The irony is that the critique of development aid as something that does not accomplish its goals is not novel. The UNDP Human Development Reports in the 1990s and Kofi Annan’s call for human rights to be mainstreamed into the work of all U.N. agencies were preceded by pioneering work on human rights-based approaches to development as fundamental to producing outcomes that sustain equitable and dynamic development, in contrast to charity and resource transfer models. And, as a result, many of the largest donors now make pro forma nods toward the importance of governance, transparency, and human rights, and undoubtedly will make more such nods to accompany new flows of aid that will be directed toward Haiti. 

What is shocking, however, is how little has actually changed. Whether it be the United States under Obama, the U.N.’s Millenium Development Goals (MDGs), or transnational NGOs that work in Haiti such as Partners in Health (PIH), there is much rhetoric about stakeholders and working with the community and human rights. The reality in Haiti as elsewhere, however, is that most often this rhetoric has just been a new bottle from which the same old wine has been dispensed, leaving untouched issues of governance and rights-based empowerment. That failed model needs to be dispensed with once and forever.

There are two alternatives. One, simply provide charity and be honest that such charity will not change much in Haiti or in other places around the globe, but it can ameliorate immediate suffering and that, in itself, is worthy. Two, place human rights at the center of the development enterprise such that it becomes less about saviors from abroad and more about empowering people on the ground so that they can seize their own economic and political destinies. And this returns us to grieving for the sorts of activists I mentioned at the start of this piece who had been working to put Haitians at the center of political and economic development, and who so tragically were among the earthquake’s victims. They leave, however, a worthy legacy: that the sort of rights-based empowerment at the center of their work is what must be the focus of development, not charity.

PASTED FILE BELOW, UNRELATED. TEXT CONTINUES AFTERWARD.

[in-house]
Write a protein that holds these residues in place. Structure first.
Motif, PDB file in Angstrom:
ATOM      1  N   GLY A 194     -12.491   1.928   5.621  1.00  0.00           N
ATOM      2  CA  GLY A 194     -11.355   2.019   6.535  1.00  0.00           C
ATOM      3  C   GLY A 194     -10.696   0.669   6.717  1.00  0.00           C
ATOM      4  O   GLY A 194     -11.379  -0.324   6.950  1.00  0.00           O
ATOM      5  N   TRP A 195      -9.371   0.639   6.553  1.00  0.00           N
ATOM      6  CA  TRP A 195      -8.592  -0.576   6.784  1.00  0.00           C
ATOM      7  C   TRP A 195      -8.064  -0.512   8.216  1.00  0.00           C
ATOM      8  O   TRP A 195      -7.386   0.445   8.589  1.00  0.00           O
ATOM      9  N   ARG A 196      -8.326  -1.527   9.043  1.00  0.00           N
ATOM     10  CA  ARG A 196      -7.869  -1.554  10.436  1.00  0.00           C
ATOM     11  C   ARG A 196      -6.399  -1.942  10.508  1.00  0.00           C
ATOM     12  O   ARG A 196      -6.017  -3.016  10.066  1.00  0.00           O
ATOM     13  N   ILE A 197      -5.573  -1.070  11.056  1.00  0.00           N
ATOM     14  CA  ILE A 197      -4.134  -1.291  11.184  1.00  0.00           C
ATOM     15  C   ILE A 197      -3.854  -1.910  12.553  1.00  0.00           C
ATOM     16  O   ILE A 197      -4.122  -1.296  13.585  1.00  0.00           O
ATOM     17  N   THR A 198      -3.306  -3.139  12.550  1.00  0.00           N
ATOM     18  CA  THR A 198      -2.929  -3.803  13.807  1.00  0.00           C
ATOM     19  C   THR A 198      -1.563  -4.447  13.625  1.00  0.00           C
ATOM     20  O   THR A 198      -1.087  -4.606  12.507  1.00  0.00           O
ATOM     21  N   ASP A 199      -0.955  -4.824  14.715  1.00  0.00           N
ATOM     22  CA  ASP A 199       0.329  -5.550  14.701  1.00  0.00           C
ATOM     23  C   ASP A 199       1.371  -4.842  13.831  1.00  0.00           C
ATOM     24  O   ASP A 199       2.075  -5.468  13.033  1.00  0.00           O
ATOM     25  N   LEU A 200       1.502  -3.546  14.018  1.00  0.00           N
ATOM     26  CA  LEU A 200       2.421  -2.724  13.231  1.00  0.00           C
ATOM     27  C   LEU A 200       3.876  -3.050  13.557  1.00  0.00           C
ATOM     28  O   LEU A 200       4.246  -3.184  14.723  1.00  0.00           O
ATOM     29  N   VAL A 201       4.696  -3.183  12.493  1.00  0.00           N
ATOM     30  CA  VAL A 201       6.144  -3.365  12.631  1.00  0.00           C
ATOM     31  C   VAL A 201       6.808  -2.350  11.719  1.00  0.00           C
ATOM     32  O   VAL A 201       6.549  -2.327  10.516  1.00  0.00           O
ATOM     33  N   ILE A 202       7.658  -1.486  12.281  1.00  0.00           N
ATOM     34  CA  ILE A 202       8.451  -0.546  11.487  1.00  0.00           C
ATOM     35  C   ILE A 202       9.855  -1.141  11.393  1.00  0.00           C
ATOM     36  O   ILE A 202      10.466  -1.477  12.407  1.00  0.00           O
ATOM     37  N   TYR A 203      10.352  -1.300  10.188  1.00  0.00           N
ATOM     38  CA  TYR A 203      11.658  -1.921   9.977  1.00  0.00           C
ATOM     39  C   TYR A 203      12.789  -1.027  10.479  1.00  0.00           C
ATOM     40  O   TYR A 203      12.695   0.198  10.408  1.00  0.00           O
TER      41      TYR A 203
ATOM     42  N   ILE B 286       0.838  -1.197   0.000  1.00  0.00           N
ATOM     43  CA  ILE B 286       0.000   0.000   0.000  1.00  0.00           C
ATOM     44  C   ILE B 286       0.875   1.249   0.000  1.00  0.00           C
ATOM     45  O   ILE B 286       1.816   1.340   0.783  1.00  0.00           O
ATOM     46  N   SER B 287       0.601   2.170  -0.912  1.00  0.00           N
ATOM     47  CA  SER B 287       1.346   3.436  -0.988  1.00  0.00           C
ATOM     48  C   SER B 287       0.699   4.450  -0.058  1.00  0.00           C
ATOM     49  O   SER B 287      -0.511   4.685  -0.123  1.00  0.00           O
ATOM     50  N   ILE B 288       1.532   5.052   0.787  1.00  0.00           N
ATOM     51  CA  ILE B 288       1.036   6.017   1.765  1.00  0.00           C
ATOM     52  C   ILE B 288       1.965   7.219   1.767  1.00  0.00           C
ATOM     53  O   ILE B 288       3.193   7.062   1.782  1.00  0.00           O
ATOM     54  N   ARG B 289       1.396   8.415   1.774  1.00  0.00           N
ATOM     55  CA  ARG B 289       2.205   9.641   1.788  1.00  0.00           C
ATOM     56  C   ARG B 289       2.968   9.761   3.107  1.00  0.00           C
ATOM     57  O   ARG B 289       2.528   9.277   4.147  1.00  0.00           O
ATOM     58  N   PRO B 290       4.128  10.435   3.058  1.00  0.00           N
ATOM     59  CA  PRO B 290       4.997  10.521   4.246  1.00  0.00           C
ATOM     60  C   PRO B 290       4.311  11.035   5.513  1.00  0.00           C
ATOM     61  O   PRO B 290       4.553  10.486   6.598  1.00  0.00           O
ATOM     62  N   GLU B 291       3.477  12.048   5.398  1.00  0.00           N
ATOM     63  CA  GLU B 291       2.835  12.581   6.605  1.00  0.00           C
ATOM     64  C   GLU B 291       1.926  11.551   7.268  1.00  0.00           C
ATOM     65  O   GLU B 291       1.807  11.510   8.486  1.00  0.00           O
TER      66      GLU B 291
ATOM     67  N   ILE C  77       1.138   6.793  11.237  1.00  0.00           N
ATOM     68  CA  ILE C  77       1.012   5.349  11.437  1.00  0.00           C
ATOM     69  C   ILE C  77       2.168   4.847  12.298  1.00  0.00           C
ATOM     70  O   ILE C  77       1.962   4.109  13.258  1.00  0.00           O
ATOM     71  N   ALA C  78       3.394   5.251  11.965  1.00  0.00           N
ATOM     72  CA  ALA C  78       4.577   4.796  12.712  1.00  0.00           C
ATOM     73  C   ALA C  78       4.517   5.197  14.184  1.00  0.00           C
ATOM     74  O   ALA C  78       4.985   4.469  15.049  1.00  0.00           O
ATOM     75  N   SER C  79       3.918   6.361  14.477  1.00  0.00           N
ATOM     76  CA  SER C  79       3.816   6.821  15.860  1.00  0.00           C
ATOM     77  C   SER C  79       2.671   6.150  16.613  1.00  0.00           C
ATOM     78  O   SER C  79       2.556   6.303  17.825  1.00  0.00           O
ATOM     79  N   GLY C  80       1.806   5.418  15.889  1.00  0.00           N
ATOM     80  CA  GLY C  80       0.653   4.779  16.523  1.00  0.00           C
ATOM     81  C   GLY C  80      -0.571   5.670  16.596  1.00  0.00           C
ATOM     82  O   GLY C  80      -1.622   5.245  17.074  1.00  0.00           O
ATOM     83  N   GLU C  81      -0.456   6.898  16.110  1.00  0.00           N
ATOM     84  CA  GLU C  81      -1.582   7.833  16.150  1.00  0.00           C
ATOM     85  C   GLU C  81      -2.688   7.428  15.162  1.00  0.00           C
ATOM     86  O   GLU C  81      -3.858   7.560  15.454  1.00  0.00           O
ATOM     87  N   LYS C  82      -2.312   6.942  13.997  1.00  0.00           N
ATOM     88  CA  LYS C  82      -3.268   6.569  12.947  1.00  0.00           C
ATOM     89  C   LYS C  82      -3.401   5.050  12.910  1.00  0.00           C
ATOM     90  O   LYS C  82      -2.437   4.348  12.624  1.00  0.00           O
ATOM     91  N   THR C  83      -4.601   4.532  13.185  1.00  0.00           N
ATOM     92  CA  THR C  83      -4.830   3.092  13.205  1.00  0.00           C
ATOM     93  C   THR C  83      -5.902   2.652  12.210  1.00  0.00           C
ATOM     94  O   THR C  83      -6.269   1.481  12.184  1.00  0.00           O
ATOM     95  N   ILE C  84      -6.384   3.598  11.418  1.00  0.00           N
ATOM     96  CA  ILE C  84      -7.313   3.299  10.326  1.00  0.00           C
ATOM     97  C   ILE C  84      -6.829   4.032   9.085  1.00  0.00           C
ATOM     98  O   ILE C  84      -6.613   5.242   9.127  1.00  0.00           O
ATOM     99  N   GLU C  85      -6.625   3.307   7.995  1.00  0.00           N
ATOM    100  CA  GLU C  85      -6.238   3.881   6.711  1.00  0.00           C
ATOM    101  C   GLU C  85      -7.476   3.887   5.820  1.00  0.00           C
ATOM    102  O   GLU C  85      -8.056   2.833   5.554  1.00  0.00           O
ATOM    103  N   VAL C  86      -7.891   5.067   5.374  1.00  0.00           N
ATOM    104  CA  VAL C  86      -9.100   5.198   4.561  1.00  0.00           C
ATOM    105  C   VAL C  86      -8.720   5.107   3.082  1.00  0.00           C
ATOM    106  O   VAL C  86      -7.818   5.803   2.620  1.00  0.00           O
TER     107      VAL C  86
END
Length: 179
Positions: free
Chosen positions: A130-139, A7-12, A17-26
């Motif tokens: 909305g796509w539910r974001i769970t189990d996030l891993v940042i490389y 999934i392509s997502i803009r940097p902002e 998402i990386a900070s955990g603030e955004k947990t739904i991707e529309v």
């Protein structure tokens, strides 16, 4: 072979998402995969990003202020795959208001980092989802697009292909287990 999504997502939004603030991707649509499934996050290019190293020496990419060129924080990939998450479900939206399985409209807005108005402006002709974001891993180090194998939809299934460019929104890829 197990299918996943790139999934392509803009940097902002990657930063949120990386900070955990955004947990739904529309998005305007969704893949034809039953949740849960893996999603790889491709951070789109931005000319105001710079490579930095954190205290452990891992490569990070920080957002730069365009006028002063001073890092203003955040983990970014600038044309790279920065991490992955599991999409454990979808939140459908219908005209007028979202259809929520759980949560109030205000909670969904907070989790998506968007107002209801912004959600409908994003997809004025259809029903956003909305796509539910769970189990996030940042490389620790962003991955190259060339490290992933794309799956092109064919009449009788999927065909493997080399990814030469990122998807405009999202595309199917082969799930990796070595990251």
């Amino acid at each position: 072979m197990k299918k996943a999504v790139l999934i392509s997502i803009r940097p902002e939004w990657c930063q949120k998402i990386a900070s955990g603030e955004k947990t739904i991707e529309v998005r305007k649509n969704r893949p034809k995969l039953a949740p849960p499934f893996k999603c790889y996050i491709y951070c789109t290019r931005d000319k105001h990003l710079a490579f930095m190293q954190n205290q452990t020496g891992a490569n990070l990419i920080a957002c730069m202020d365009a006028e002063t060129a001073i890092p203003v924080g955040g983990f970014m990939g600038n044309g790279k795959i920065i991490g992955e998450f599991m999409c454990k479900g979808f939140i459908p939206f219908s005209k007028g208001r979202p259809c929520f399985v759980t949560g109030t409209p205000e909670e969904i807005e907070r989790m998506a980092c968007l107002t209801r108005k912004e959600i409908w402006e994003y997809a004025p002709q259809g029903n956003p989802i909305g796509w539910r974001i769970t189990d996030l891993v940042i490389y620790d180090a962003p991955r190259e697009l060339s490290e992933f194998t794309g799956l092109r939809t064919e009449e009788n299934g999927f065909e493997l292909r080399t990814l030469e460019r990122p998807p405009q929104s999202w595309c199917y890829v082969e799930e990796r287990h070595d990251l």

Anthony Tirado Chase is Associate Professor of Diplomacy & World Affairs at Occidental College. Chase is currently completing Human Rights Debates in the Transnational Muslim World: Politics, Economics, and Society. Drawing on Professor Chase's training in international law, Islamic law, and international relations theory, this book explores when, how, and why the international human rights regime has mattered to some of the transnational Muslim world's most important debates - including those over free expression, economic development, and the treatment of sexual minorities. Other forthcoming works include "Mutual Renewal: On the Relationship of Human Rights to the Muslim World" and "On Justifications for Human Rights in Difficult Circumstances: Why 'Pushing the Envelope' is Essential to Human Rights Continued Global Resonance," each scheduled to be published as chapters in edited volumes. Previous works include Human Rights in the Arab World: Independent Voices (University of Pennsylvania Press), a range of peer reviewed articles, and guest editorship of a Muslim World Journal of Human Rights special volume on The Transnational Muslim World, Human Rights, and the Rights of Women and Sexual Minorities.